How do we know that something is true or not? In many cases, it is based on our own experiences and at the time of the experience. If I am 6′ 4″ and hang around a bunch of NBA basketball players, I am considered short, but if I am hanging around my friends who average 5′ 9″ then I am tall. It is the context of the comparison that determines if I am tall or not. In rhetoric and philosophy, we call this contextualism. As it relates to knowledge and what we know, it is epistemic contextualism.
When we are judging and looking at photographs the context by which we frame our feedback can make a huge difference in how we appreciate and understand the work. I think many of us at times have used our own egos as a context to judge if we could do better work than what we are looking at. Other times, we might take a less egocentric approach and dive deeper into the work in an attempt to find some meaning or higher understanding. As we critique work, be it our own or the work of others, we need to find a way to identify the context we are evaluating the work and determine if the context is appropriate or limiting our experience of the work. In the analysis of an image, any supposition we enter the conversation with will impact our relationship, but by understanding as much of the bias or context ahead of time as possible, we should be in a stronger position to provide meaningful feedback.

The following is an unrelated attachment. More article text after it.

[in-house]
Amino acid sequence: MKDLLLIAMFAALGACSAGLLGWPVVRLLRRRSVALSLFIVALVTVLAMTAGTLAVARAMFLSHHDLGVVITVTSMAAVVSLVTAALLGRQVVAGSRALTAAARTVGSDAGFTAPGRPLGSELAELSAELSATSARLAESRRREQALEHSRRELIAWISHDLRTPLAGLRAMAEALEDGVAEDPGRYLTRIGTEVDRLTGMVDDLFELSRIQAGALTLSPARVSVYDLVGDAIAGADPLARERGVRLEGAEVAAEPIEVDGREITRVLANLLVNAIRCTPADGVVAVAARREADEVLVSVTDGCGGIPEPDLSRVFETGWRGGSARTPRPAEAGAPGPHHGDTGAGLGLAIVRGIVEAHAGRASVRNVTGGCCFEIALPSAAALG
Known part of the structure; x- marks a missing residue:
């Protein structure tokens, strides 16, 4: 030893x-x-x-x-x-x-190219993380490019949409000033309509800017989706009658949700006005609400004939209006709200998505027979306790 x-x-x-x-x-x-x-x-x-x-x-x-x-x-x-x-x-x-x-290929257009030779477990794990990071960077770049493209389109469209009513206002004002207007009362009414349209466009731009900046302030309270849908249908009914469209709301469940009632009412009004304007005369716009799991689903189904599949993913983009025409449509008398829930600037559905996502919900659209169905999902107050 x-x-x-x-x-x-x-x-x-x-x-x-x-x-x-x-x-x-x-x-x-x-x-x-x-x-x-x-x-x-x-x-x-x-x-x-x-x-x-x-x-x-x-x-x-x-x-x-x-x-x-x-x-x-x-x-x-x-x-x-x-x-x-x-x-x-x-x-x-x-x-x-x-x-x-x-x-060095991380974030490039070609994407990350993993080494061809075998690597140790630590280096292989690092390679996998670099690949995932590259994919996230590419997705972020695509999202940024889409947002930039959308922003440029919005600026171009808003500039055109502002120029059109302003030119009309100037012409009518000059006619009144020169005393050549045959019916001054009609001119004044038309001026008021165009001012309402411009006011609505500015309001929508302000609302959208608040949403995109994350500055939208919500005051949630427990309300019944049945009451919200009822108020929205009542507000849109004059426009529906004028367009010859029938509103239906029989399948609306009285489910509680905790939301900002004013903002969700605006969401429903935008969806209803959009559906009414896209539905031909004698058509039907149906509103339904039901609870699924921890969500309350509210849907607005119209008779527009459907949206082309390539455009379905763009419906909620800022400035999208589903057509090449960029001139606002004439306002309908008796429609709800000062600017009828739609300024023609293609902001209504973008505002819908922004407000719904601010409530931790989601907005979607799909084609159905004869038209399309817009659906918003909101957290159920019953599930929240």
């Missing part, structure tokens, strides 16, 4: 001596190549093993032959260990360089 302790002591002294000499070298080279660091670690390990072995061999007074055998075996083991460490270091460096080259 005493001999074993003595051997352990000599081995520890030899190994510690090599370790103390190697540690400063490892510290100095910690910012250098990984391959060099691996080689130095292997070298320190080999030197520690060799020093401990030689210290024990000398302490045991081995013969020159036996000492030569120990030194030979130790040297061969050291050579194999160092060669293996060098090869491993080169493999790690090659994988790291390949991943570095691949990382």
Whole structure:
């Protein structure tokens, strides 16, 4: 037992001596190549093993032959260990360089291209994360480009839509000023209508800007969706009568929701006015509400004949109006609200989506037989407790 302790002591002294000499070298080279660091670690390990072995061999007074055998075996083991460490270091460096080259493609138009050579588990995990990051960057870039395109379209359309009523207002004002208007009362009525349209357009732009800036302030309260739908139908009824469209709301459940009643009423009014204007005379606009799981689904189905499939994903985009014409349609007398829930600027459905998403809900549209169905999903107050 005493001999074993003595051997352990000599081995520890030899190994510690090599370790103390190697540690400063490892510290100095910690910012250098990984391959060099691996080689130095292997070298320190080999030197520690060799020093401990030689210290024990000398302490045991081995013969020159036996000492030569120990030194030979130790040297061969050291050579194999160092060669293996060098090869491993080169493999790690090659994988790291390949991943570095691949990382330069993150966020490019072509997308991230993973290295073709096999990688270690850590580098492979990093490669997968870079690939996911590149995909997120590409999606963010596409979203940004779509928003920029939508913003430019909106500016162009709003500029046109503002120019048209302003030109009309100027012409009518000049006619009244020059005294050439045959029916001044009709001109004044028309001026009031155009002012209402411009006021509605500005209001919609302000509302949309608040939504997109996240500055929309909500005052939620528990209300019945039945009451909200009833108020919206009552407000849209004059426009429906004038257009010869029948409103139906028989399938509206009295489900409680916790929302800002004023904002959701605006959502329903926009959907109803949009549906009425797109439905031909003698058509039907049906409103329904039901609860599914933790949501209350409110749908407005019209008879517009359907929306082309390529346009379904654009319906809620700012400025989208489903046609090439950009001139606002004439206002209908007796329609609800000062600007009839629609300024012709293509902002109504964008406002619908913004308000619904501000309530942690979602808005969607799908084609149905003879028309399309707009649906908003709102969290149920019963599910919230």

Gear used in podcast
One of the questions I get asked frequently is what sort of equipment do I use to record my podcast. I have used a variety of equipment in the three years that I have been recording, but here is the current list of equipment that I am using. Also as an FYI and full disclosure, the links are affiliate links to Amazon.
Rode Procaster XLR microphone
Rode Boom Arm
Rode PSM Shockmount
All three Rode components as kit
Focusrite Scarlet 2i2
Adobe Audition (part of create cloud subscription)
OWC Thunderbolt 3 dock